samoa news, Wednesday, November 13, 2013 Page 9
It doesn’t matter where you drive. If you don’t buckle up you will get a ticket.
Office of Highway Safety
Local contact: DPS Office of Highway Safety (David Bird 633-1780)
Page 10
samoa news, Wednesday, November 13, 2013
Development Bank of American Samoa
P.O. BOX 9 • PAGO PAGO, AS 96799 • TEL: 633.4031 • FAX: 633-1163
This public notice is published in accordance with the Citizen Participation Plan established by the American Samoa Government (ASG) and applies to the Community Development Block Grant – Decent Affordable Home Loan Program (CDBG-DAHLP) funded by the U.S. Department of Housing and Urban Development (HUD), Office of Community Planning and Development (CPD). For PY2011 to PY2015, HUD has approved for ASG to conduct a DAHLP Lottery. This will be the second DAHLP lottery in the Territory. DAHLP applicants MUST BE a U.S. National, a U.S. Citizen or a Permanent Resident of American Samoa. The Development Bank of American Samoa (DBAS) in partnership with Department of Commerce (DOC) expects to receive the CDBG funds of about $600,000.00 for the federal PY2012 (reprogrammed monies) and PY2013. These funds will provide rehabilitation and renovation construction of homes in America Samoa. The Development Bank of American Samoa (DBAS) in partnership with the Department of Commerce (DOC) is administering the DAHLP. These funds will provide home rehabilitation and renovation of existing single-family homes. Type of Project: Renovation and rehabilitation of homes owned by very low income households. Project Financing: Sixty five percent (65%) grant funding thirty five percent (35%) interest bearing payment loan. Pursuant to Section 104(a)(3) of the Housing and Community Development Act of 1974 and to comply with the “citizenship participation” clause therein, DBAS will process all completed applications through the lottery process.
Tutuila Residents
Workshop Date: November 13 & 15 (Wednesday & Friday) Time: 9:00 a.m. Place: East Side Location- Lee Auditorium West Side Location- Ili’ili Catholic Church Hall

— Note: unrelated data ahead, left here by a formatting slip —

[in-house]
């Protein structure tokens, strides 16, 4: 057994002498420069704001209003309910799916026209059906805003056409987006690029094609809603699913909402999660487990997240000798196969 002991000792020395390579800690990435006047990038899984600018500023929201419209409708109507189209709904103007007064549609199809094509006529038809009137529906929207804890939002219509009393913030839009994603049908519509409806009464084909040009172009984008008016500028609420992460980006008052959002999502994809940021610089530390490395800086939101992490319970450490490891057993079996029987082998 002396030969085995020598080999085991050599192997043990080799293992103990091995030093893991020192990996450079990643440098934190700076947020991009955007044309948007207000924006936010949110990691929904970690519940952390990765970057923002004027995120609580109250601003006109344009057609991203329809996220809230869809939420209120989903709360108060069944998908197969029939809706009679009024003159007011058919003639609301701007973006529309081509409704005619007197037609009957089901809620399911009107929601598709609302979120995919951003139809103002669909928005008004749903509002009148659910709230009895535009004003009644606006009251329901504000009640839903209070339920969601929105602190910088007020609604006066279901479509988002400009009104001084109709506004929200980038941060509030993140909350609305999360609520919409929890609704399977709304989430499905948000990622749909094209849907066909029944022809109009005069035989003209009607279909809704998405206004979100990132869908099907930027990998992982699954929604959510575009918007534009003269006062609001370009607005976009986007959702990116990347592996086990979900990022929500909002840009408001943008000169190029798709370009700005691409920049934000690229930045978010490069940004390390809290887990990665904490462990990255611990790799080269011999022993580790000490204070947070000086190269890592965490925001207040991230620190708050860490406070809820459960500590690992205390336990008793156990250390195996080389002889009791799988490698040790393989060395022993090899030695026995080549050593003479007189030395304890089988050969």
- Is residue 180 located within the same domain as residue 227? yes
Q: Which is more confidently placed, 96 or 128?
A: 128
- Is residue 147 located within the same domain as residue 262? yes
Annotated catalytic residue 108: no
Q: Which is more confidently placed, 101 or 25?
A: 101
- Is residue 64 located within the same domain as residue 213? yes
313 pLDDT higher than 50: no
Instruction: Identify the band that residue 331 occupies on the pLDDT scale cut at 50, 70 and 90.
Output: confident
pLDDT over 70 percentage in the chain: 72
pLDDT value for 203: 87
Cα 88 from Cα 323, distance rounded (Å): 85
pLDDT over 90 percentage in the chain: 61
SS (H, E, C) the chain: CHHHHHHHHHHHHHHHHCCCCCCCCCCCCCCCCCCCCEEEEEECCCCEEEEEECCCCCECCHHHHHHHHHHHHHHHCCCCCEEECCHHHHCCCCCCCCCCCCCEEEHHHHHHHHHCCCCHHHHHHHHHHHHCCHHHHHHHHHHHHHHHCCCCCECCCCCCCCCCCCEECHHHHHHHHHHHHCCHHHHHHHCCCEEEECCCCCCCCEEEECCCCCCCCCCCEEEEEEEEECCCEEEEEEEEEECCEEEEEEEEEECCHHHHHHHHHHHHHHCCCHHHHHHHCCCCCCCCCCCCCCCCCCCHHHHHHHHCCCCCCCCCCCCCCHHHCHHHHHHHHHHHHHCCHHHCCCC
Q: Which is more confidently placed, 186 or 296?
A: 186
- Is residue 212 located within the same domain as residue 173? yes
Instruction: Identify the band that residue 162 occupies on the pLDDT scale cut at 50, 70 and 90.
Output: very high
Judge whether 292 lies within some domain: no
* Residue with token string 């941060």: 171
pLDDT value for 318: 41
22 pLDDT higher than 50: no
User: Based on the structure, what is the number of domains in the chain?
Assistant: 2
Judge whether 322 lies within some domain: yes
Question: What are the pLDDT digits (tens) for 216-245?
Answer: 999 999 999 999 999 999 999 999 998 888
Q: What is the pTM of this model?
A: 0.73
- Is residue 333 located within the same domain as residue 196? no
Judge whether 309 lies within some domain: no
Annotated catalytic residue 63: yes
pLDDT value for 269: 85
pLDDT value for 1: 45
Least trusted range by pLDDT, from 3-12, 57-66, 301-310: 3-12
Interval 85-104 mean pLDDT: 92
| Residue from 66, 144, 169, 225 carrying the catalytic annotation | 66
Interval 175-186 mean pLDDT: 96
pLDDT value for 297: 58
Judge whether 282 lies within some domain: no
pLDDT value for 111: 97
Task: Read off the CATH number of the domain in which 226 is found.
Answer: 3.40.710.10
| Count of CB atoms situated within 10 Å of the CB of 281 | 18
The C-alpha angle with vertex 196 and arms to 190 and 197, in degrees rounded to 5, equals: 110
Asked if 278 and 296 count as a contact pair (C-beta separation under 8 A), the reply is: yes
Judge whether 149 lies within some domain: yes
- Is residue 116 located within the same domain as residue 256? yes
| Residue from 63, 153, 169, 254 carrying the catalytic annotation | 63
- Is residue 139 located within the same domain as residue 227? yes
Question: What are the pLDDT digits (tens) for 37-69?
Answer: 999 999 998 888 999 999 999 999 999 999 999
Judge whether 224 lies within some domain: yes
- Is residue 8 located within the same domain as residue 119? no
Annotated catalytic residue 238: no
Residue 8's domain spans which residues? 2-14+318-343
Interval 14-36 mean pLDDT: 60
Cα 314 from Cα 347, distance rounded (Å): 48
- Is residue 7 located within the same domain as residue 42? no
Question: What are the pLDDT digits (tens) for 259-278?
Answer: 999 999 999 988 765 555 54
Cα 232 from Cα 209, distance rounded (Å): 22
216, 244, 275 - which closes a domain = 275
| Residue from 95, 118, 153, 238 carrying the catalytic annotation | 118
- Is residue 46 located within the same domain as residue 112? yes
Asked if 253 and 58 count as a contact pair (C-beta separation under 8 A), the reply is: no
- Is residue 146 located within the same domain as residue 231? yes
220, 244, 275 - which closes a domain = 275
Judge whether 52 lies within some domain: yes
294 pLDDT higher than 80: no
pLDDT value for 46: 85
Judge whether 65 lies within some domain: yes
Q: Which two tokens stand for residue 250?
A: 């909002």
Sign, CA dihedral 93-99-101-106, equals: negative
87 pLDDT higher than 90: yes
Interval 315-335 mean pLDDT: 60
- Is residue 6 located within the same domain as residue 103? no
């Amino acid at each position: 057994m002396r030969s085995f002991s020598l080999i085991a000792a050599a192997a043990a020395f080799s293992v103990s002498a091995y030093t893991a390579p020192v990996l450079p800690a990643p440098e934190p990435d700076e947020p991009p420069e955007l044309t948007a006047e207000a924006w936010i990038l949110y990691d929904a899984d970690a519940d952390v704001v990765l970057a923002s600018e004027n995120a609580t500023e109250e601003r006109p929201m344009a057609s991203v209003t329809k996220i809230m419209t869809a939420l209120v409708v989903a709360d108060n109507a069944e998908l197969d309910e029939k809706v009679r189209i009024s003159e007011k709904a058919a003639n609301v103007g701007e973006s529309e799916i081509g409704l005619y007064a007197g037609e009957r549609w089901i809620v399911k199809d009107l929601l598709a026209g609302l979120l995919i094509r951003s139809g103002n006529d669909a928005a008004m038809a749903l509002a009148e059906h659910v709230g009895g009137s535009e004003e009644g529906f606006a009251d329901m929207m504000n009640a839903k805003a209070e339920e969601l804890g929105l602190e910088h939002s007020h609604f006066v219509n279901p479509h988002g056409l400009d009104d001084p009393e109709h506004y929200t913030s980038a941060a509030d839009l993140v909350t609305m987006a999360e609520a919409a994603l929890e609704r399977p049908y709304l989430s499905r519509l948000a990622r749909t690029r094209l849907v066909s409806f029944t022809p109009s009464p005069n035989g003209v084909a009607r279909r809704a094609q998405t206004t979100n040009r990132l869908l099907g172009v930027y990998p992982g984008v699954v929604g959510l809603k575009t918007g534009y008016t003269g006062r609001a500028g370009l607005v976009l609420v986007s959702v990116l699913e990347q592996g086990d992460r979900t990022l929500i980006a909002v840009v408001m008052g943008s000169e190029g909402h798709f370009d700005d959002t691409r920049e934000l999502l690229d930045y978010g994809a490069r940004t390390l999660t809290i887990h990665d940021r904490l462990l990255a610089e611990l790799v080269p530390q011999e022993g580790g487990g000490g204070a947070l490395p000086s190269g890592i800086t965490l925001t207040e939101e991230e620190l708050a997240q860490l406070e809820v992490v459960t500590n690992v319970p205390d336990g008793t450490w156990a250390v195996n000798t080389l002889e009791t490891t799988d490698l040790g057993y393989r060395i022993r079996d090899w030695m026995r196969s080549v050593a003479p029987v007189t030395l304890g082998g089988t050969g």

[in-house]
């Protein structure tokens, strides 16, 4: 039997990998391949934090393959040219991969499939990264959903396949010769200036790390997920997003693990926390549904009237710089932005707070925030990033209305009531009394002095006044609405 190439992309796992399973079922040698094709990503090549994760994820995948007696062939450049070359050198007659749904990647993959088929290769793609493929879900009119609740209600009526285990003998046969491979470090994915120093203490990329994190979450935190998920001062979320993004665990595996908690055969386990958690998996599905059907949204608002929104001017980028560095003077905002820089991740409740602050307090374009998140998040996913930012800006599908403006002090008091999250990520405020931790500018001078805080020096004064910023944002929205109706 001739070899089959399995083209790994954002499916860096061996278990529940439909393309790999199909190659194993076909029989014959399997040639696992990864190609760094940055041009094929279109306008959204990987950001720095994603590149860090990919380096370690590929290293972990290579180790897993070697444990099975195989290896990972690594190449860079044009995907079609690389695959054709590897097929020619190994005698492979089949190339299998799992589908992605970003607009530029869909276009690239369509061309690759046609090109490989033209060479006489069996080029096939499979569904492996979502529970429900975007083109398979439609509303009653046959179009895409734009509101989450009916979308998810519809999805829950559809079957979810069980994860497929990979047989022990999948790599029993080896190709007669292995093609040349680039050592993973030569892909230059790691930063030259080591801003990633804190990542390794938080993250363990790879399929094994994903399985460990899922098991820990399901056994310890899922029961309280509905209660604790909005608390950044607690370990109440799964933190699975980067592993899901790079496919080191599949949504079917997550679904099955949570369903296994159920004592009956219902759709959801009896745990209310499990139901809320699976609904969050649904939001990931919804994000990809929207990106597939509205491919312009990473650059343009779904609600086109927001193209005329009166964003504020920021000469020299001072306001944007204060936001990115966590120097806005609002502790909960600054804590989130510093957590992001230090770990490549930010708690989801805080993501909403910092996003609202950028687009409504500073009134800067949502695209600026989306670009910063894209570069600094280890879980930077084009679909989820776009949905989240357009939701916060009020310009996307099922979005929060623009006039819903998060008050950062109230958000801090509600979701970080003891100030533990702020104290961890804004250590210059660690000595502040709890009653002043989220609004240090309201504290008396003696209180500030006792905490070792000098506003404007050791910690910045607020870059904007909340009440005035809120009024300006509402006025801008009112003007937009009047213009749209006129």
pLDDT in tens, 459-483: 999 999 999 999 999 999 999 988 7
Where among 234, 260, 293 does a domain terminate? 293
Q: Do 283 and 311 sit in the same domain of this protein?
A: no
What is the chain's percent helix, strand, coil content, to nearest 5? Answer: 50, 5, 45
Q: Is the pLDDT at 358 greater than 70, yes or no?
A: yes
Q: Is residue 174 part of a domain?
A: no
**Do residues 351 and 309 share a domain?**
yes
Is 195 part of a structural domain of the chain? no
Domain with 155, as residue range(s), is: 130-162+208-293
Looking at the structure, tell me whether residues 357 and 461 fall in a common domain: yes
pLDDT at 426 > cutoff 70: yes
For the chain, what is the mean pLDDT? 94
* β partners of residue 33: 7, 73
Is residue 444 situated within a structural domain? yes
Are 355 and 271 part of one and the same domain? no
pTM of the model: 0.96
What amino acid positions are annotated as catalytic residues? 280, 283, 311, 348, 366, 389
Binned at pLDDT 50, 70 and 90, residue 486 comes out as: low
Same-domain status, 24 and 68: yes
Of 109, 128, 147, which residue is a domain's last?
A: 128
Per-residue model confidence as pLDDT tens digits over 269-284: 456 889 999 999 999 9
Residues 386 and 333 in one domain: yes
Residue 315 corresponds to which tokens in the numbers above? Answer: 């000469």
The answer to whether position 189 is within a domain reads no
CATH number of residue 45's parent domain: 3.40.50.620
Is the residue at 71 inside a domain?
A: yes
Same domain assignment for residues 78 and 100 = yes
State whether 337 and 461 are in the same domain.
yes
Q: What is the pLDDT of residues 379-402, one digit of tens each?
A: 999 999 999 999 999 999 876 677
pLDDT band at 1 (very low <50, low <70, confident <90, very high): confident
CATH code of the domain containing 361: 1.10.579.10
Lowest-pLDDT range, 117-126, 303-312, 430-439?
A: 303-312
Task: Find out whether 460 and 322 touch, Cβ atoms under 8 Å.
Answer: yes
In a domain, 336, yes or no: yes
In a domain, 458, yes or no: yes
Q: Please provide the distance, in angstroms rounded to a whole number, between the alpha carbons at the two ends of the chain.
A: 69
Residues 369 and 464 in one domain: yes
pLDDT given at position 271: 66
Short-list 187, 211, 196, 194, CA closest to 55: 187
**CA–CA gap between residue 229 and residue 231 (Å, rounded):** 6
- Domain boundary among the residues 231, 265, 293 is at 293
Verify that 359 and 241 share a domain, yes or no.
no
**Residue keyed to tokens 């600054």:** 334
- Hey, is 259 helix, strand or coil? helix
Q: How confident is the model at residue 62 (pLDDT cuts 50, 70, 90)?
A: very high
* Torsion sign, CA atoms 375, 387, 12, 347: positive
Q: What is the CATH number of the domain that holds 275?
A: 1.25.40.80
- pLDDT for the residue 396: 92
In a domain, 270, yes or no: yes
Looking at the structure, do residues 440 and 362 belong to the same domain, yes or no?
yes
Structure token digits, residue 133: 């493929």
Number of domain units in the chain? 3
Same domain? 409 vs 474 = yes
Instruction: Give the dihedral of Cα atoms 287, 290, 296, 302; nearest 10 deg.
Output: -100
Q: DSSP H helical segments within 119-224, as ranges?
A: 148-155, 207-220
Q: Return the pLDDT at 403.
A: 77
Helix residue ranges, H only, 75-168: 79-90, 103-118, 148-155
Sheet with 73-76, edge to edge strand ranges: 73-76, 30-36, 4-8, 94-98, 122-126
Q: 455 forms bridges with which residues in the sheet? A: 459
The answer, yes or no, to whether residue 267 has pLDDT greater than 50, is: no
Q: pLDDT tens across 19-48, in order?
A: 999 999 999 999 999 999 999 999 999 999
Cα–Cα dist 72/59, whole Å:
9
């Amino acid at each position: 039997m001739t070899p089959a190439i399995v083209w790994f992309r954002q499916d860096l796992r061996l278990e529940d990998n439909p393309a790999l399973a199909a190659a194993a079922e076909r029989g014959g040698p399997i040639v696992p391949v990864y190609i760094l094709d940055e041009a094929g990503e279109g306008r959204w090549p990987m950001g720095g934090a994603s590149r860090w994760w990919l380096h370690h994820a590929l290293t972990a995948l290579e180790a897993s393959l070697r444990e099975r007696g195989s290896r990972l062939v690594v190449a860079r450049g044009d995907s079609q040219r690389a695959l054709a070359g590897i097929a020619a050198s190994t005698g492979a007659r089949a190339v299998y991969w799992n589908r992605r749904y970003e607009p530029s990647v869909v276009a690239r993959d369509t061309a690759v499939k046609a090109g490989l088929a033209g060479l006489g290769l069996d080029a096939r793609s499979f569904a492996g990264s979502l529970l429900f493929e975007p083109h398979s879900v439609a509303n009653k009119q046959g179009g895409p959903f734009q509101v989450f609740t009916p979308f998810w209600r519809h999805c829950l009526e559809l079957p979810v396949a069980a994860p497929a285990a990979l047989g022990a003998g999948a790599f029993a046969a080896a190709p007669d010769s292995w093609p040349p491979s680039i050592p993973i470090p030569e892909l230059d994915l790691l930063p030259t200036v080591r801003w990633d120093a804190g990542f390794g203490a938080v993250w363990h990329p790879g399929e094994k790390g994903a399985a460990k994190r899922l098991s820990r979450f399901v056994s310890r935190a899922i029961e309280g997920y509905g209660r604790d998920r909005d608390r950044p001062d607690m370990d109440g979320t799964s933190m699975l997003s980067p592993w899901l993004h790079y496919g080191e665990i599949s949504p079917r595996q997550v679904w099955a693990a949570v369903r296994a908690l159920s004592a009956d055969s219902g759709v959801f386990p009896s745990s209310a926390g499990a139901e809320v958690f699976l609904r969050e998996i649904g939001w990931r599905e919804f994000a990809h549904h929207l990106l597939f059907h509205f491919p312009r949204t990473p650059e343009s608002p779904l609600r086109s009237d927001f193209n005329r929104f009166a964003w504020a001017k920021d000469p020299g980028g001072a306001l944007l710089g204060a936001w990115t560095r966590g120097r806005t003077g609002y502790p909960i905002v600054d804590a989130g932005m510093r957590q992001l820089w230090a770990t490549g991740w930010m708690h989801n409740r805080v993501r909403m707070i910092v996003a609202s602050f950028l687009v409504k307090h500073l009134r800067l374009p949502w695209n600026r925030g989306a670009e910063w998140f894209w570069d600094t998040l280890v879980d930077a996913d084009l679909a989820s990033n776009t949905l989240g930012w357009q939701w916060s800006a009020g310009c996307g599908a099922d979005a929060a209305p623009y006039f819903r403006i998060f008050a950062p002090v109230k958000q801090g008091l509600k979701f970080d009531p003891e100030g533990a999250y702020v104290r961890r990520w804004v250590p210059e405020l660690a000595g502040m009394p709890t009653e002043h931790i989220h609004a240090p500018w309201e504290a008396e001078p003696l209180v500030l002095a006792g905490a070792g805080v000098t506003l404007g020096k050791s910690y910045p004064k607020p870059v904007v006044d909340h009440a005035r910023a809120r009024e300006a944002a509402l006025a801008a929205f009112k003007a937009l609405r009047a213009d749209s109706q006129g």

Manu’a Residents
Workshop Date: November 12 & 14 (Tuesday & Thursday) Time: 9:00am Place: Lee Auditorium – North Wing
Issuing of Lottery Tickets: November 25-27, 2013 (Monday – Wednesday)
Time: Place: 8:00 a.m. – 3:00 p.m. Lee Auditorium – North Wing
Lottery Draw Date:
Tutuila & Manu’a: December 2, 2013 (Monday) Place: Lee Auditorium – Main Hall
CDBG DAHLP Household Income Eligibility Scale
Household Members Maximum Household Income Household Members Maximum Household Income 1 $12,300 5 $19,000 2 $14,050 6 $20,400 3 $15,800 7 $21,800 4 $17,550 8 $23,200
Only individuals who attend a Workshop will be able to request a ticket for the lottery. This way, we can ensure that all ticket holders are aware of the DAHLP requirements, terms and conditions. If you do not attend a Workshop, you will not be allowed to request a ticket. All applications must be received and date stamped by DBAS loan manager no later than Friday, Decemb er 20, 2013. Applications that do not meet this deadline will not be processed. All applicants will receive a written response from DBAS regarding their application after the review process is complete. Successful applicants will then have 15 days following the notification to comply with all approval conditions. It is estimated that construction will begin by February 2014. ALL COMPLETED APPLICATIONS MUST BE SUBMITTED TO: Ruth S. Matagi-Fa’atili DBAS Loan Manager Development Bank of American Samoa Office, Fagatogo
P.O. BOX 9 • PAGO PAGO, AS 96799 • TEL: 633.4031 • FAX: 633-1163
samoa news, Wednesday, November 13, 2013 Page 11